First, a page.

An international agency, Global Initiative Against Transnational Organised Crime, reported that no fewer than 184 persons were assassinated by hit men in Nigeria, Somalia and other African countries between 2019 and 2020. In the region, according to data, Somalia polled the highest with 33 per cent, while Nigeria came second with 18 per cent. Among the targeted victims are personalities in politics and governance. If the assassinations were that prominent in off-election years, then they stand to be worse as the feisty general poll comes closer. Former Head of State, Abdulsalami Abubakar had warned that there are over six million arms in the hands of non-state actors; are these part of the arsenal for political killings and violence?

Indeed, collective amnesia of the past unresolved cases and illegal possession of arms are incentives for savagery to grind on. Yet, those unraveled acts of brute aggression in politics are damaging to the growth of democracy and cause of nationhood. Politics being a contest for power, the purpose is to serve the people. More often than not, however, Nigerian politicians have been obsessed with the power element which they show no restraint at getting, even if by brute force. But such attitude robs the system of its best possible aspirants that can meritoriously offer credible leadership to serve the people well. In turn, it leaves the all-important process of leadership recruitment in the hands of the mediocre. And with the worst leading the best, the country will continue to wallow in depravity.

To tackle the menace, political leaders need to be less irresponsible in deeds and in speeches. The political atmosphere is already charged in Osun given the intra-party wrangling and inciting comments by people that should lead by example. Party leaders may have disagreement, but escalating the rivalry into the larger supporters and propagating a ‘we versus them’ syndrome create tension and violence in the land. Clearly, the majority of the political killings and violence are premeditated or incited by the political leaders. Hence, the police should stop overlooking public conducts of the politicians, but begin to hold them accountable for criminal acts they perpetrate.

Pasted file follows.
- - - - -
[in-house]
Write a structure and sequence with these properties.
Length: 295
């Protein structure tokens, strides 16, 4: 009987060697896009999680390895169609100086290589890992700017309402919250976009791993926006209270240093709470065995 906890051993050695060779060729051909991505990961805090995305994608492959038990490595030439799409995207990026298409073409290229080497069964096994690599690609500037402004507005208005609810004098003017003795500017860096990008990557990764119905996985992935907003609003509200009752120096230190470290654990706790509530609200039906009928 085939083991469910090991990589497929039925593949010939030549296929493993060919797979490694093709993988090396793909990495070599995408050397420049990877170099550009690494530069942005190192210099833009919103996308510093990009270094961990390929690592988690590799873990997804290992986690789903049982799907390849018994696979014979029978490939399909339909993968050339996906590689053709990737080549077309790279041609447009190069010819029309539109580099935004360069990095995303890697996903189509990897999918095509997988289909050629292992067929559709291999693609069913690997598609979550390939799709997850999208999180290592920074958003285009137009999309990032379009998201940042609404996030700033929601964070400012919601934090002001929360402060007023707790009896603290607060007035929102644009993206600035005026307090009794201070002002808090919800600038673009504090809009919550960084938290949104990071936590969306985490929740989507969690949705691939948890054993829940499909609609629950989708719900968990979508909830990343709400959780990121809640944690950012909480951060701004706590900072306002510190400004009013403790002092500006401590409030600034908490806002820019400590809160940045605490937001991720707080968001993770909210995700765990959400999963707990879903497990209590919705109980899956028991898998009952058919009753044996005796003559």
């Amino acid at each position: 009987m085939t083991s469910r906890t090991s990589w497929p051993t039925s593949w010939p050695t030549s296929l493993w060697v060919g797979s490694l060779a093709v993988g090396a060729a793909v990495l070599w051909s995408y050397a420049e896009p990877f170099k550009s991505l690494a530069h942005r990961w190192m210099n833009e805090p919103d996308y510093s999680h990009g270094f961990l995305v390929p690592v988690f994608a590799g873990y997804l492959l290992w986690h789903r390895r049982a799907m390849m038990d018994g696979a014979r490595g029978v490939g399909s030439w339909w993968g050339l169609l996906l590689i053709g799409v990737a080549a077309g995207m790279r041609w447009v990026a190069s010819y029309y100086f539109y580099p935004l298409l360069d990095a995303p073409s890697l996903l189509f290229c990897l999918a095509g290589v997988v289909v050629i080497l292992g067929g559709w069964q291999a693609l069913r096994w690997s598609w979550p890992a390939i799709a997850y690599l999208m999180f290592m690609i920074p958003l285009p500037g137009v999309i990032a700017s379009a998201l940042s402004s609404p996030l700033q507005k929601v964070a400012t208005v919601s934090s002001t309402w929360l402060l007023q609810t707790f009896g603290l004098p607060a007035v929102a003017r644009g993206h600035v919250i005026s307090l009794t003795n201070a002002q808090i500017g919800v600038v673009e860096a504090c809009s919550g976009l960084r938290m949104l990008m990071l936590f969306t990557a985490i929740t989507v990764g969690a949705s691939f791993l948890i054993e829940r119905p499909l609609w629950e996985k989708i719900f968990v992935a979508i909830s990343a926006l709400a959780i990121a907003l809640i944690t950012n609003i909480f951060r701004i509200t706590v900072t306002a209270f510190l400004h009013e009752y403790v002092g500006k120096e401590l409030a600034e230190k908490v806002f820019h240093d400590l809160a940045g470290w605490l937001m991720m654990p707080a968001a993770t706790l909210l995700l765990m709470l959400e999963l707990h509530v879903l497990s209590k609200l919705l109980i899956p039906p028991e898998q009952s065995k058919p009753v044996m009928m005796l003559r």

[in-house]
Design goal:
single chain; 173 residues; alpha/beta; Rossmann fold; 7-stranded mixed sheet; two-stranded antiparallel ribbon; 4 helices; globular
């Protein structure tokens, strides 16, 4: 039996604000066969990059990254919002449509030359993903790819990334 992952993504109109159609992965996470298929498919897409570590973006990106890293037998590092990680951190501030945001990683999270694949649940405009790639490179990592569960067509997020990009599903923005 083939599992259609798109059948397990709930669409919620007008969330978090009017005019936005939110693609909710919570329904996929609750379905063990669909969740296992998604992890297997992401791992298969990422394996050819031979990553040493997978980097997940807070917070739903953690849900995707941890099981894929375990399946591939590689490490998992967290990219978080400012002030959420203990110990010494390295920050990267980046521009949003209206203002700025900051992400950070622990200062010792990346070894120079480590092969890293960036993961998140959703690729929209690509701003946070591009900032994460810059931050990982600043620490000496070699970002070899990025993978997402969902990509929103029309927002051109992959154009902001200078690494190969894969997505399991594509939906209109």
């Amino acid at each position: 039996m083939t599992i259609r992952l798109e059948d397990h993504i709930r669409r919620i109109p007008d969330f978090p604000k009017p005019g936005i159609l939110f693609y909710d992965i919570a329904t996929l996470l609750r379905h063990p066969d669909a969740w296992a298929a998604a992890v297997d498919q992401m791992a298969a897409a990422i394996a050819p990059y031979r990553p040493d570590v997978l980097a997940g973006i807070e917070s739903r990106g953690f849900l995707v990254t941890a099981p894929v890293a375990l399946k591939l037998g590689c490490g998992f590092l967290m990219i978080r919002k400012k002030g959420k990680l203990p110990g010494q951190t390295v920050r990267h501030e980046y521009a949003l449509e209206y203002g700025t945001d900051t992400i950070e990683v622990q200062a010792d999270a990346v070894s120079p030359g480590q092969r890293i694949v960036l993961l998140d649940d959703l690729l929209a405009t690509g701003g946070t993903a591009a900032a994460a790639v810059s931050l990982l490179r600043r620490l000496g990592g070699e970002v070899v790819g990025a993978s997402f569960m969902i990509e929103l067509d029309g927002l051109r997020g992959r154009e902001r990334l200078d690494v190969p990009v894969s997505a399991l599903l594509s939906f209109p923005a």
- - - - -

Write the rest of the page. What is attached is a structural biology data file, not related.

The general public and political platforms also have responsibility to stemming the tide of political assassinations and violence in general. With Ekiti and Osun guber elections in the prelude to the 2023 general elections, political gladiators are milling round to curry endorsements nationwide. That is an opportunity for the monarchs, religious fathers, other leaders of thoughts and the general public to as well demand from the politicians a commitment to a peaceful, free and fair recruitment process. Aspirants that cannot show good-faith, comportment and self-restraint in ambition are not worth scaling the first hurdle. It is the duty of those public platforms to remind politicians that none of their ambitions – lifelong or newly found – is worth the life of any Nigerian. In place of inciting comments and abuses, which should be publicly denounced where they are made, aspirants must be made to routinely swear to nonviolence and speak the same to their supporters at every opportunity.

The country needs peaceful and fair political process; but it begins with hands-on proactive security agencies, while politicians desist from inflammatory “do or die” politics that are the bane of violence and killings.